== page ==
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CURATOR'S NOTES

As principle curator of this project I have had many crises in my efforts to make this archive cohere. For instance, only this morning I was presented with yet another impasse; was I to archive these materials to present a sensible record of an event, (i.e. the undisclosed ‘crisis’ happening all around CADE,) or was it rather that I was to archive CADE himself – put both him and his crisis into order and thus create a workable map of this elusive catatonic? The only proof of CADE’s agency exists in this documentation, as though his being is articulated through the detritus and rubbish of his life, of what he leaves behind him. Whether CADE may be given some kind of organ-isation in this way is a question I have yet to ponder at any depth, so I will here constrict myself to discussing the material – as I see it – collected on this page.

London is evidently being drawn into the gravitational arms which reach with casual menace from the unknown epicentre of the crisis. As the vines of anxiety coil around everyday life, unhinging the co-dependency of sense from form, so does the city of London begin to dislocate itself into chaotic topographies. The Greek κρίσις (crisis), taken to mean ‘splitting’, is most visible in the disruption of the borders required to keep the city-state consonant, but which here manifest themselves in a nonsensical state of ill-definition. It could almost be said that these borders have no integrity at all, like a picture spilling out of its frame, (or ink bleeding out of its word.) But the borders themselves cannot be seen. The only way in which these borders and territorial lines can be detected is by their being contested, patrolled and garrisoned; from this revised perspective, CADE evidently makes the suggestion that ‘it takes a patrol to make a border’. Borders aside, whether they exist or not is here a moot point; rather it is the effect of such inadequate annexations on the behaviours exhibited by their inhabitants which draws CADE towards them.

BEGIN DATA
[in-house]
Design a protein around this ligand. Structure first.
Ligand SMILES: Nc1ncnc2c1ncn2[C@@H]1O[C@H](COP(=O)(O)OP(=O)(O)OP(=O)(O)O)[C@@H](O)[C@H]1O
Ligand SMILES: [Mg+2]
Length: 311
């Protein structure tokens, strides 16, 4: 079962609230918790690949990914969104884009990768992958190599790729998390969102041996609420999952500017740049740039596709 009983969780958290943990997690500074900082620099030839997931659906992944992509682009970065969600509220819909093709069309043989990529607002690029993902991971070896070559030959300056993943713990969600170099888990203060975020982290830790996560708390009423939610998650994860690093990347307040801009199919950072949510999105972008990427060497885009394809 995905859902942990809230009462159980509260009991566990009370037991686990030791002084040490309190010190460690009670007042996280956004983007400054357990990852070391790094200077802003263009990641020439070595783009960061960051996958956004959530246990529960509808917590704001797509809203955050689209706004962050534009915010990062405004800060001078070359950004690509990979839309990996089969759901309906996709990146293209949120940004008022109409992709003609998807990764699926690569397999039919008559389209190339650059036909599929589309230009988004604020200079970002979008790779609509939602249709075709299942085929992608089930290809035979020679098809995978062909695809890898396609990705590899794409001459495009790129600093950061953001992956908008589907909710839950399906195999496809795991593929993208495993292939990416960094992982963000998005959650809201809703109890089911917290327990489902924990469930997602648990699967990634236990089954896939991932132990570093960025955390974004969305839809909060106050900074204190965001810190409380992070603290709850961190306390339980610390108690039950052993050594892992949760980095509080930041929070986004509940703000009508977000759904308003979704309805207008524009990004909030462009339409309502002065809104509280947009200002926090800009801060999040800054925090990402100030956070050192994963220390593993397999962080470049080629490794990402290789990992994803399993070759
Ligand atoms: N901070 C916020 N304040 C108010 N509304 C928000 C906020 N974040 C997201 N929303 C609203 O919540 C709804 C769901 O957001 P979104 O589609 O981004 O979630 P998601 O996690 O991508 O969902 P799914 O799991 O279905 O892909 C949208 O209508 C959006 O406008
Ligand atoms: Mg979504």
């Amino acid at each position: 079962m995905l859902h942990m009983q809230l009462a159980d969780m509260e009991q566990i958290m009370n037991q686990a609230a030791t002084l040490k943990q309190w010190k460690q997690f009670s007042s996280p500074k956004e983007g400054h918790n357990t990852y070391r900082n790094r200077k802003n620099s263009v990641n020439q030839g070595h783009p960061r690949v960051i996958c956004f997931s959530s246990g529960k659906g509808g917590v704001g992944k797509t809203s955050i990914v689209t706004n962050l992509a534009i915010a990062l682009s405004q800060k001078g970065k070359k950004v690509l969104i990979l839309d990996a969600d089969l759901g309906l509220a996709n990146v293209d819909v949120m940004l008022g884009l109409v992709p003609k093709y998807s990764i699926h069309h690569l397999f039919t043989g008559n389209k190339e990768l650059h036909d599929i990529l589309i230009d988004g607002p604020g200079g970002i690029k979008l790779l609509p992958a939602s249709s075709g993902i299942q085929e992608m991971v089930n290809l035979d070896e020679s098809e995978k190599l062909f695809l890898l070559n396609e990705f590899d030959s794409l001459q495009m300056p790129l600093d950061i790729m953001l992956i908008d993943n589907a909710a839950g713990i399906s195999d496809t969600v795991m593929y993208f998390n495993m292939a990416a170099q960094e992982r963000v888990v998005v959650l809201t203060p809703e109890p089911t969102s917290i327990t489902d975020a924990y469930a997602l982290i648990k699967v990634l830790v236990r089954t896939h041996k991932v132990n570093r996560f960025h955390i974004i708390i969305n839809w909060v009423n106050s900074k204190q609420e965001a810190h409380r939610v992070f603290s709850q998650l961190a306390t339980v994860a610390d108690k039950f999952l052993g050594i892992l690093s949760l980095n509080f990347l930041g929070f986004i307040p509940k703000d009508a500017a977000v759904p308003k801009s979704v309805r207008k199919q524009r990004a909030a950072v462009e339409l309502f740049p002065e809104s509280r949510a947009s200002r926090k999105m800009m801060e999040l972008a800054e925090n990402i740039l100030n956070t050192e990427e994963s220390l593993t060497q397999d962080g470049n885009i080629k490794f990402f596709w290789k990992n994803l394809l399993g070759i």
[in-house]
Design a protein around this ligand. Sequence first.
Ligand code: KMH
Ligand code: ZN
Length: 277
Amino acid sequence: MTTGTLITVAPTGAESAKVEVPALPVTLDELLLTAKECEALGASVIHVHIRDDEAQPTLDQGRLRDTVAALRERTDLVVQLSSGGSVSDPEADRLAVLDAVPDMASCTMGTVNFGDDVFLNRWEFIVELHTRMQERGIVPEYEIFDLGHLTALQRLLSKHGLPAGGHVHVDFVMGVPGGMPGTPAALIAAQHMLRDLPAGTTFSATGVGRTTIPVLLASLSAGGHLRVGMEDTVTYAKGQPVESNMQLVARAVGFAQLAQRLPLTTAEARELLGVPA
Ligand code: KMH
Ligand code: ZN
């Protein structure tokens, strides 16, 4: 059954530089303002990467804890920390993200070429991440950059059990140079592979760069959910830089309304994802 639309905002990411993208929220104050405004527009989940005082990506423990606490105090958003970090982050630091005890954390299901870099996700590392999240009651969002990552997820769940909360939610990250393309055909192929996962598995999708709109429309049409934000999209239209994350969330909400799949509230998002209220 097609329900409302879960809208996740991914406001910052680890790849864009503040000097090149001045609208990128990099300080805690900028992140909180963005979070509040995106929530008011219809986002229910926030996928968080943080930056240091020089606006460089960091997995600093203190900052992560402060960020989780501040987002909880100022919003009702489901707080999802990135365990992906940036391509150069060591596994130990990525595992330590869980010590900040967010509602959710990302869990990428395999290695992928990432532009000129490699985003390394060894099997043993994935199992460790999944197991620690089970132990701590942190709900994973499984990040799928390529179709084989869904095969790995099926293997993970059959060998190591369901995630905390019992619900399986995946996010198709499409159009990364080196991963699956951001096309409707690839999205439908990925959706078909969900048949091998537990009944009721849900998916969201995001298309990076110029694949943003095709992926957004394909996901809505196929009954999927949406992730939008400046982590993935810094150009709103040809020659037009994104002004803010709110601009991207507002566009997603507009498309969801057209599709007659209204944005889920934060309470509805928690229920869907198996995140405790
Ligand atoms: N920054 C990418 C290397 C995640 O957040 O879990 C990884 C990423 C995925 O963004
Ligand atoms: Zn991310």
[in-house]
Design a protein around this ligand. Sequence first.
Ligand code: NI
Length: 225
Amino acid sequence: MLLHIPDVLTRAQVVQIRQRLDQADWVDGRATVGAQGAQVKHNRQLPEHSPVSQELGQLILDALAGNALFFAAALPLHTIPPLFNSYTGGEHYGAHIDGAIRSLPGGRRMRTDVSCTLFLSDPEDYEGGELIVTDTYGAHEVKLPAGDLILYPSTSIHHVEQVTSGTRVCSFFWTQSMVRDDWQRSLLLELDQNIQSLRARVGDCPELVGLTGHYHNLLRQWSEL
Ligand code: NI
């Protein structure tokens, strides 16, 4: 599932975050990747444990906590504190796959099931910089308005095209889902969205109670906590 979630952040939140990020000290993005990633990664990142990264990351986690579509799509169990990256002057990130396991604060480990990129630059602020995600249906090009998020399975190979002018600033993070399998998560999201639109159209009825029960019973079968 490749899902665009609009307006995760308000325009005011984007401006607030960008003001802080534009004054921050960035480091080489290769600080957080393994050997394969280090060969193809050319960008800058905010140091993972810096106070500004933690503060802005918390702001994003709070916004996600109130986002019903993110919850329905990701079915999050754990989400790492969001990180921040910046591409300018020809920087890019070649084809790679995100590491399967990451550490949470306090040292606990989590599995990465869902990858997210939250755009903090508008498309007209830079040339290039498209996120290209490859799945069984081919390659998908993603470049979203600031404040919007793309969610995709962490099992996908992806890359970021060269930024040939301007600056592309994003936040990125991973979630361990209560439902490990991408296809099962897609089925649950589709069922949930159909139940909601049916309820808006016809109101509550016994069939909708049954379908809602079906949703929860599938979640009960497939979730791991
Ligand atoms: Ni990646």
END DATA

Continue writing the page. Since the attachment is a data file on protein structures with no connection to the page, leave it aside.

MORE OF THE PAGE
These tribes or clans are displaying a becoming-animal, adapting to the new situation in which they find themselves – their territory. In this respect the local environment - the one in which we walk down the shops, the short-cut we sometimes take to work - becomes as suspect as the people moving around in it – and perhaps even more so.

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